Print Friendly, PDF & Email

Choosing the right oil when you’re cooking can be a struggle, full of jargon like “smoke point” and confusing terms (what’s the difference between “virgin” and “extra virgin” anyway?). We’re here to demystify four of our favorite cooking oils. 

Imperfect U

Extra Virgin Olive Oil 

Imperfect extra virgin olive oil

Strengths: Extra virgin olive oil (EVOO) has the most complex and interesting flavor of any cooking oil. That, coupled with its health benefits, makes it a true wonder oil that’s worth having in your pantry at all times. 

Keep in mind: Many of its complex flavors and health benefits vanish when you heat it too much, which means that using EVOO as your go-to sauteéing oil can be expensive overkill. Its strong flavor also makes it ill-suited for applications where the taste might be distracting, like stir fries or certain baked goods. 

When to use it: Since it has an unapologetically bold flavor, we favor EVOO for making salad dressings and drizzling on toast! 

Recipe we love: Citrus and beet salad 

Virgin Olive Oil 

Imperfect virgin olive oil

Strengths: A key consideration when picking a cooking oil is the smoke point, or how hot you can get it before it starts to smoke and taste bitter. Virgin olive oil has a higher smoke point than extra virgin oil, which makes it perfect for roasting and sauteéing veggies and proteins alike. It’s also considerably cheaper than EVOO, making it a frugal cook’s best friend. 

Keep in mind: Since it doesn’t have as intense of a flavor, it can’t carry a vinaigrette or sauce the way that EVOO can.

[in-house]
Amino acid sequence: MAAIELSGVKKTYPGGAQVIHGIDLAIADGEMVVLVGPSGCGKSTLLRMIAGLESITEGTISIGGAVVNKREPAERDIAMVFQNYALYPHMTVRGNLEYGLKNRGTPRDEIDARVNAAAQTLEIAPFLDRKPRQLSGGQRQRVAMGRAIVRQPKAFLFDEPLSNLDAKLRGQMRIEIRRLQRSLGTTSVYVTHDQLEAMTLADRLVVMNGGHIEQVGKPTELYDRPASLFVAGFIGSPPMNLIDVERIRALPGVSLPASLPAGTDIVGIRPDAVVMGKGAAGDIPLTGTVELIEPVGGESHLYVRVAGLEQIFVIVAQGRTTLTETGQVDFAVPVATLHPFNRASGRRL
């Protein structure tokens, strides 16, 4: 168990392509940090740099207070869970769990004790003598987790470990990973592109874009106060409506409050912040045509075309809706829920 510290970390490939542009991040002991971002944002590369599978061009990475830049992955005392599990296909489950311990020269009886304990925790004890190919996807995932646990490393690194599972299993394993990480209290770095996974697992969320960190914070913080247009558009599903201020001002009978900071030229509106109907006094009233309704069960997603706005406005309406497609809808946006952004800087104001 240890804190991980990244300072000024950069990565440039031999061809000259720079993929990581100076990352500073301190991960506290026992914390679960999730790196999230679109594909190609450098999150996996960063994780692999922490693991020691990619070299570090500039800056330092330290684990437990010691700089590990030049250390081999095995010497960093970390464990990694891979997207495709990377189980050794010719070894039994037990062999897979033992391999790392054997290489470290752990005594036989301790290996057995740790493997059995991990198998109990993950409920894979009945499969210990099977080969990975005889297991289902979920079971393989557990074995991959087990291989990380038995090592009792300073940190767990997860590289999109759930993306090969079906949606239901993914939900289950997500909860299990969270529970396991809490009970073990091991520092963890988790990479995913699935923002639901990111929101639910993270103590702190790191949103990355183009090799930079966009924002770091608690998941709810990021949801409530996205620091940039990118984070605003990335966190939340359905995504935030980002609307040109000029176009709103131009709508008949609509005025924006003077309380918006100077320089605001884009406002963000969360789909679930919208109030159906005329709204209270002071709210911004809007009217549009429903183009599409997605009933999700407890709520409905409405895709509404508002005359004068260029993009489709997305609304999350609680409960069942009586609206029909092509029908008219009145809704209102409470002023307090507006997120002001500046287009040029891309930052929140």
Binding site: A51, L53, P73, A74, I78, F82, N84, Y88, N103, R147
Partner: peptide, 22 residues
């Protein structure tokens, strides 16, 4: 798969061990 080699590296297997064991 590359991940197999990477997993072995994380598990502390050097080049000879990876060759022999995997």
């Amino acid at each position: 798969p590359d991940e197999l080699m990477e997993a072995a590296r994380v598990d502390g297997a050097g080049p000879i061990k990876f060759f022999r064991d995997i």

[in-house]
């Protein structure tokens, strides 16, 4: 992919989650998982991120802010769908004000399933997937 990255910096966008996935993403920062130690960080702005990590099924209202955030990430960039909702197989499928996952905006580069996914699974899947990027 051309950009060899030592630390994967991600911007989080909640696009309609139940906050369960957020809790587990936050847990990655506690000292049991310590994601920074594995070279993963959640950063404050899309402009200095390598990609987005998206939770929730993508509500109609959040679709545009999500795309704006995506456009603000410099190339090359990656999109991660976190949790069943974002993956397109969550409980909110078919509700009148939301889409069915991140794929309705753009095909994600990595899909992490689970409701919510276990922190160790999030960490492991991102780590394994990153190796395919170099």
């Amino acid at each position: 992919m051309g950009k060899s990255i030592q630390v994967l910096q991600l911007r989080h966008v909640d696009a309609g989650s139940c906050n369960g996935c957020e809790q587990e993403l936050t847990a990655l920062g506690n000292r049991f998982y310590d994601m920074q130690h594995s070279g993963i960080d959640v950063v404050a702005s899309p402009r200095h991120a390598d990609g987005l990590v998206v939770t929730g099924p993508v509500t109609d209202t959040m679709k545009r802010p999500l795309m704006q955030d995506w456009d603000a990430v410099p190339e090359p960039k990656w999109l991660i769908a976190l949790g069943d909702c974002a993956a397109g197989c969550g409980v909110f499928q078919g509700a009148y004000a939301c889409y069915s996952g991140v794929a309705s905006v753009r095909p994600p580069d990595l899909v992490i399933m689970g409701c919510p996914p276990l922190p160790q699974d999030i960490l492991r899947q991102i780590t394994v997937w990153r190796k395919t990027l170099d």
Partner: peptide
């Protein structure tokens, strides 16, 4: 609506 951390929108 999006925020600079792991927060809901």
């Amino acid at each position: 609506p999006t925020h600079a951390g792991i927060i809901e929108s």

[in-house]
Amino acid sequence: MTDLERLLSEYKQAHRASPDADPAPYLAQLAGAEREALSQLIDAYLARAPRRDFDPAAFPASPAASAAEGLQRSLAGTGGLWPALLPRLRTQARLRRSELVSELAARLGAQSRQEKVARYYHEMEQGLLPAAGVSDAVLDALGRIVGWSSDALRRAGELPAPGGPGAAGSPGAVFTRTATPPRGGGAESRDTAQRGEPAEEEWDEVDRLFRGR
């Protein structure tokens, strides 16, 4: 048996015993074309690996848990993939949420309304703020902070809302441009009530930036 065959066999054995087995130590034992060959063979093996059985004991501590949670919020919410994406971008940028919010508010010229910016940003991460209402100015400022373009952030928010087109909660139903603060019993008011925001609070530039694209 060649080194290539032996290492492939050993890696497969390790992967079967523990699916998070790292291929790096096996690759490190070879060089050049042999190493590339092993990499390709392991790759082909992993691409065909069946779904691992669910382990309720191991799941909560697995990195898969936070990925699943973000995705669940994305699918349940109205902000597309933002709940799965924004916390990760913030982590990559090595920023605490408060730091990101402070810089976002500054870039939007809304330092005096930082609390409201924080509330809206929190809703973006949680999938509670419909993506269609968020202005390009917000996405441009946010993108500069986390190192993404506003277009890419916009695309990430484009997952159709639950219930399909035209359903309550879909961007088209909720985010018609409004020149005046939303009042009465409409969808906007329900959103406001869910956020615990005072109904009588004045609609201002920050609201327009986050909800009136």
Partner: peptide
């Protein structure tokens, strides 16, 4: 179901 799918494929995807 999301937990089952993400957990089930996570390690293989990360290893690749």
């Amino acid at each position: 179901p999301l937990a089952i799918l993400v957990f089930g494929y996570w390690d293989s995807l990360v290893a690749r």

When to use it: When applying a lot of heat or when you don’t want the intense grassy flavors of EVOO in the final dish. 

Recipe we love: Sophia Roe’s celery soup

Coconut Oil 

Imperfect coconut oil

Strengths: Coconut oil is a flavorful oil that adds a lovely richness to rice dishes, curries, and soups. It’s also a go-to vegan substitute for butter or lard in baked goods. 

Keep in mind: Unless it’s heavily refined, it will make what you’re cooking taste like coconuts, which can be a joy or a nuisance, depending on how you feel about this flavor. Coconut oil is quite high in saturated fat, so if you’re watching your saturated fat intake it’s worth using in moderation. 

When to use it: As a base for curries and soups and in applications where you wouldn’t mind a hint of coconut flavor. 

Recipe we love: No-bake almond butter energy balls

Avocado Oil 

Imperfect avocado oil

Strengths: Avocado oil has a clean, neutral flavor and an extremely high smoke point, so it’s perfect for high heat applications like roasting, sauteéing, or stir fries. 

Keep in mind: It’s more expensive than some other oils, so save it for when you crank up the heat.

When to use it: When you want your cooking oil to blend in rather than stand out, and anytime you’ll be applying a lot of heat to a dish. 

Recipe we love: Citrus almond upside down cake


  • Jessika Korzelius
    August 12, 2020 at 10:44 pm

    This was actually very helpful. Which oil to use is one of those questions you feel stupid for asking others about yet have no idea what the right answer is most times.

  • Teddy Holt
    August 12, 2020 at 11:01 pm

    Hi, just wondering, what about sesame, vegetable, and canola oils? Toasted sesame? Would love to see a sequel!

  • Judith Ward
    August 13, 2020 at 2:29 am

    Good tips.

  • nantimcrk
    August 14, 2020 at 3:54 pm

    thanks for the tips! This was really helpful!

  • Diego "Wolf"
    August 14, 2020 at 5:27 pm

    Great info, wish you had mentioned Canola Oil as well. =)


Leave a Reply